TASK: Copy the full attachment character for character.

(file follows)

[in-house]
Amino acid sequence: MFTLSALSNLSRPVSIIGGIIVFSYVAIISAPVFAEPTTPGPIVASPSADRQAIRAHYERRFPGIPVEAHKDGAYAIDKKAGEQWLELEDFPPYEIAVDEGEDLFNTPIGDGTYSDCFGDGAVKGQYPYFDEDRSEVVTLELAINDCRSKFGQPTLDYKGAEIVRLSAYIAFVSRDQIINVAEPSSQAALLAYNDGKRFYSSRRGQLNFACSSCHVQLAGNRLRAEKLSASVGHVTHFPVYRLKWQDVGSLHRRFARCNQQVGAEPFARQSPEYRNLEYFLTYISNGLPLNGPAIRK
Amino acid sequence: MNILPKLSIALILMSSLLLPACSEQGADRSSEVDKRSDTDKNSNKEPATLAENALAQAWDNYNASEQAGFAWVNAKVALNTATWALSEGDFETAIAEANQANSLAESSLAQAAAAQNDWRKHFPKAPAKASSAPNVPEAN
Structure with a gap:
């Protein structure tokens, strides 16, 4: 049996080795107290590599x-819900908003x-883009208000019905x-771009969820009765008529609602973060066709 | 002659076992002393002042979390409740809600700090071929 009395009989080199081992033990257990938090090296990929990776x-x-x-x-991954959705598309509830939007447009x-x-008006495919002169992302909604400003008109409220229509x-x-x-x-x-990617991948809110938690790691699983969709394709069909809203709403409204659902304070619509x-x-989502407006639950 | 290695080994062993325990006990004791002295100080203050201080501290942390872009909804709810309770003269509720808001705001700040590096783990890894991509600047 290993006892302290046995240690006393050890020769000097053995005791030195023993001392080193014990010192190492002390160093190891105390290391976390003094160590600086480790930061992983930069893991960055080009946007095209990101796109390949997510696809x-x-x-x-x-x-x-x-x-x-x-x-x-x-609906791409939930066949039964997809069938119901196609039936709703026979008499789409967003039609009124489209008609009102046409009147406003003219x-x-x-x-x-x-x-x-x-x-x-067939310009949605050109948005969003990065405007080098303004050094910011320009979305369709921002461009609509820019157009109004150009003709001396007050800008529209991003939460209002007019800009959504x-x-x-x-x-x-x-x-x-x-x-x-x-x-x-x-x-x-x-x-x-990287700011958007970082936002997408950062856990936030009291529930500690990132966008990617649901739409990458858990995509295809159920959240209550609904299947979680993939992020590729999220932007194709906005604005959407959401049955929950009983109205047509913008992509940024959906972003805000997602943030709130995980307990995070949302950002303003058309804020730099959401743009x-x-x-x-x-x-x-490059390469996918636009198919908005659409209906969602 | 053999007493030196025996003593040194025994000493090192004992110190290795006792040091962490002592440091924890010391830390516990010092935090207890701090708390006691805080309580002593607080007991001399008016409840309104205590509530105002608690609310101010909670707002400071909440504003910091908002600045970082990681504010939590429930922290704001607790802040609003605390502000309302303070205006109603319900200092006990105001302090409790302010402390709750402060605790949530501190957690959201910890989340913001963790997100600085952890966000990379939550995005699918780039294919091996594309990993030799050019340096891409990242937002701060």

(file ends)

[in-house]
Amino acid sequence: MFTLSALSNLSRPVSIIGGIIVFSYVAIISAPVFAEPTTPGPIVASPSADRQAIRAHYERRFPGIPVEAHKDGAYAIDKKAGEQWLELEDFPPYEIAVDEGEDLFNTPIGDGTYSDCFGDGAVKGQYPYFDEDRSEVVTLELAINDCRSKFGQPTLDYKGAEIVRLSAYIAFVSRDQIINVAEPSSQAALLAYNDGKRFYSSRRGQLNFACSSCHVQLAGNRLRAEKLSASVGHVTHFPVYRLKWQDVGSLHRRFARCNQQVGAEPFARQSPEYRNLEYFLTYISNGLPLNGPAIRK
Amino acid sequence: MNILPKLSIALILMSSLLLPACSEQGADRSSEVDKRSDTDKNSNKEPATLAENALAQAWDNYNASEQAGFAWVNAKVALNTATWALSEGDFETAIAEANQANSLAESSLAQAAAAQNDWRKHFPKAPAKASSAPNVPEAN
Structure with a gap:
């Protein structure tokens, strides 16, 4: 049996080795107290590599x-819900908003x-883009208000019905x-771009969820009765008529609602973060066709 | 002659076992002393002042979390409740809600700090071929 009395009989080199081992033990257990938090090296990929990776x-x-x-x-991954959705598309509830939007447009x-x-008006495919002169992302909604400003008109409220229509x-x-x-x-x-990617991948809110938690790691699983969709394709069909809203709403409204659902304070619509x-x-989502407006639950 | 290695080994062993325990006990004791002295100080203050201080501290942390872009909804709810309770003269509720808001705001700040590096783990890894991509600047 290993006892302290046995240690006393050890020769000097053995005791030195023993001392080193014990010192190492002390160093190891105390290391976390003094160590600086480790930061992983930069893991960055080009946007095209990101796109390949997510696809x-x-x-x-x-x-x-x-x-x-x-x-x-x-609906791409939930066949039964997809069938119901196609039936709703026979008499789409967003039609009124489209008609009102046409009147406003003219x-x-x-x-x-x-x-x-x-x-x-067939310009949605050109948005969003990065405007080098303004050094910011320009979305369709921002461009609509820019157009109004150009003709001396007050800008529209991003939460209002007019800009959504x-x-x-x-x-x-x-x-x-x-x-x-x-x-x-x-x-x-x-x-x-990287700011958007970082936002997408950062856990936030009291529930500690990132966008990617649901739409990458858990995509295809159920959240209550609904299947979680993939992020590729999220932007194709906005604005959407959401049955929950009983109205047509913008992509940024959906972003805000997602943030709130995980307990995070949302950002303003058309804020730099959401743009x-x-x-x-x-x-x-490059390469996918636009198919908005659409209906969602 | 053999007493030196025996003593040194025994000493090192004992110190290795006792040091962490002592440091924890010391830390516990010092935090207890701090708390006691805080309580002593607080007991001399008016409840309104205590509530105002608690609310101010909670707002400071909440504003910091908002600045970082990681504010939590429930922290704001607790802040609003605390502000309302303070205006109603319900200092006990105001302090409790302010402390709750402060605790949530501190957690959201910890989340913001963790997100600085952890966000990379939550995005699918780039294919091996594309990993030799050019340096891409990242937002701060």